We estimate global terrestrial gross primary production (GPP) based on models that use satellite data within a simplified light-use efficiency framework that does not rely upon other meteorological inputs. Satellite-based geometry-adjusted reflectances are from the MODerate-resolution Imaging Spectroradiometer (MODIS) and provide information about vegetation structure and chlorophyll content at both high temporal (daily to monthly) and spatial (∼1 km) resolution. We use satellite-derived solar-induced fluorescence (SIF) to identify regions of high productivity crops and also evaluate the use of downscaled SIF to estimate GPP. We calibrate a set of our satellite-based models with GPP estimates from a subset of distributed eddy covariance flux towers (FLUXNET 2015). The results of the trained models are evaluated using an independent subset of FLUXNET 2015 GPP data. We show that variations in light-use efficiency (LUE) with incident PAR are important and can be easily incorporated into the models. Unlike many LUE-based models, our satellite-based GPP estimates do not use an explicit parameterization of LUE that reduces its value from the potential maximum under limiting conditions such as temperature and water stress. Even without the parameterized downward regulation, our simplified models are shown to perform as well as or better than state-of-the-art satellite data-driven products that incorporate such parameterizations. A significant fraction of both spatial and temporal variability in GPP across plant functional types can be accounted for using our satellite-based models. Our results provide an annual GPP value of ∼140 Pg C year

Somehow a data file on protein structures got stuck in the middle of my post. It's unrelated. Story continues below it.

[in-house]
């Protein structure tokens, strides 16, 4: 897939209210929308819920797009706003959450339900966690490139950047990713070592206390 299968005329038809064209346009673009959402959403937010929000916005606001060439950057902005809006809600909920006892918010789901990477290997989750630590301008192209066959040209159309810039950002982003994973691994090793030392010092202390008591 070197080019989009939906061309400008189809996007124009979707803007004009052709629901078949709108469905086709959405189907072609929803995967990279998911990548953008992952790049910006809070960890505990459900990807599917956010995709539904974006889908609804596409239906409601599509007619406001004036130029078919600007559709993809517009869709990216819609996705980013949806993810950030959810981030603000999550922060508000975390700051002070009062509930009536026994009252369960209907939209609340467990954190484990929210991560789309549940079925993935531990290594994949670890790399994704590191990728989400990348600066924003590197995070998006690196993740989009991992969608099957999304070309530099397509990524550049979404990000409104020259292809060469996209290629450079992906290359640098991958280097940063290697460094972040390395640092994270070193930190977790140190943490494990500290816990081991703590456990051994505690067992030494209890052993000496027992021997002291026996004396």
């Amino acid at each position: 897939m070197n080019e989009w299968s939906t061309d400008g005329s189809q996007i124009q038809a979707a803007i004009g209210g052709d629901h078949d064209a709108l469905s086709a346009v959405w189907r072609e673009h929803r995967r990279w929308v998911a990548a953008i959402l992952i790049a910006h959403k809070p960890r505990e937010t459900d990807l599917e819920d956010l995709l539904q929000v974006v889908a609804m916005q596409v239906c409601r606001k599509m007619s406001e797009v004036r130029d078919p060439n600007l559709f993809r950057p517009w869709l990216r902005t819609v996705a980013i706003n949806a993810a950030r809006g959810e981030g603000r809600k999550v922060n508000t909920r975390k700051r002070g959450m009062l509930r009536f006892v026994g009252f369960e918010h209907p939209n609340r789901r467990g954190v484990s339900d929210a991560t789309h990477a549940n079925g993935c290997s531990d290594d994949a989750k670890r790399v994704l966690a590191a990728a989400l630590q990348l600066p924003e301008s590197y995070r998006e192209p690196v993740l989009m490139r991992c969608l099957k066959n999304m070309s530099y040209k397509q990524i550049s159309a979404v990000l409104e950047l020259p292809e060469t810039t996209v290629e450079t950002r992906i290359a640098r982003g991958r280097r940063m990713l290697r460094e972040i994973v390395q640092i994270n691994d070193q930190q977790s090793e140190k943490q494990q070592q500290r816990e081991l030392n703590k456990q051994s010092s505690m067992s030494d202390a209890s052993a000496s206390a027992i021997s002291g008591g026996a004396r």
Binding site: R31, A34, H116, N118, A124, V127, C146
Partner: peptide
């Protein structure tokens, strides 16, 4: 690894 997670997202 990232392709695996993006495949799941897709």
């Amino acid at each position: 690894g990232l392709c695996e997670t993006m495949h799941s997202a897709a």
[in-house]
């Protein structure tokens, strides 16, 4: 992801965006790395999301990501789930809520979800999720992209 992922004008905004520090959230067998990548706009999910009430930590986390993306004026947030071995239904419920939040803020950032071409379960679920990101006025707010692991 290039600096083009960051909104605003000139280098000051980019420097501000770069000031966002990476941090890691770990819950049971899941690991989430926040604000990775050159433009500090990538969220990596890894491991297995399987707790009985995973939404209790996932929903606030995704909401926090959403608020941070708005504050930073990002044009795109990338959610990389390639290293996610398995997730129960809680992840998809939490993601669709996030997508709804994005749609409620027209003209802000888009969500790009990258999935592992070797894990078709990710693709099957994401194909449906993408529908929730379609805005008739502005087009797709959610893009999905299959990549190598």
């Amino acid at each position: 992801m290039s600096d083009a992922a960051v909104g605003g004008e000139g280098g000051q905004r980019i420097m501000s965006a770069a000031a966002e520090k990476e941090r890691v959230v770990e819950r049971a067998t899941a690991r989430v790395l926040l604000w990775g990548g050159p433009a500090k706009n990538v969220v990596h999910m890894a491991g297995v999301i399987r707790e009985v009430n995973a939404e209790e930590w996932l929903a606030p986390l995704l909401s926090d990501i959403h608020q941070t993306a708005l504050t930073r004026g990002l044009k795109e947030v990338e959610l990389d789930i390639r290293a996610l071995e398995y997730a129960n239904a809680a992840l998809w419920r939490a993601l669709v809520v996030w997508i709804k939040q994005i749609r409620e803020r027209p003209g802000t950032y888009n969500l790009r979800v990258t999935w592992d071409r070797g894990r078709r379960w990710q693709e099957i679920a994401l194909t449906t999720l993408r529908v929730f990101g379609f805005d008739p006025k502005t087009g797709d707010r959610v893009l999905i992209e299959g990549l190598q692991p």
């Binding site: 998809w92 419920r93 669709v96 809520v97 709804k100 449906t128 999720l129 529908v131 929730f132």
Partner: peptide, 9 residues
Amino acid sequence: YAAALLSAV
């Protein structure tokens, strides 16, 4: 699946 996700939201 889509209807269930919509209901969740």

for 2007 that is within the range of a compilation of observation-based, model, and hybrid results, but is higher than some previous satellite observation-based estimates.
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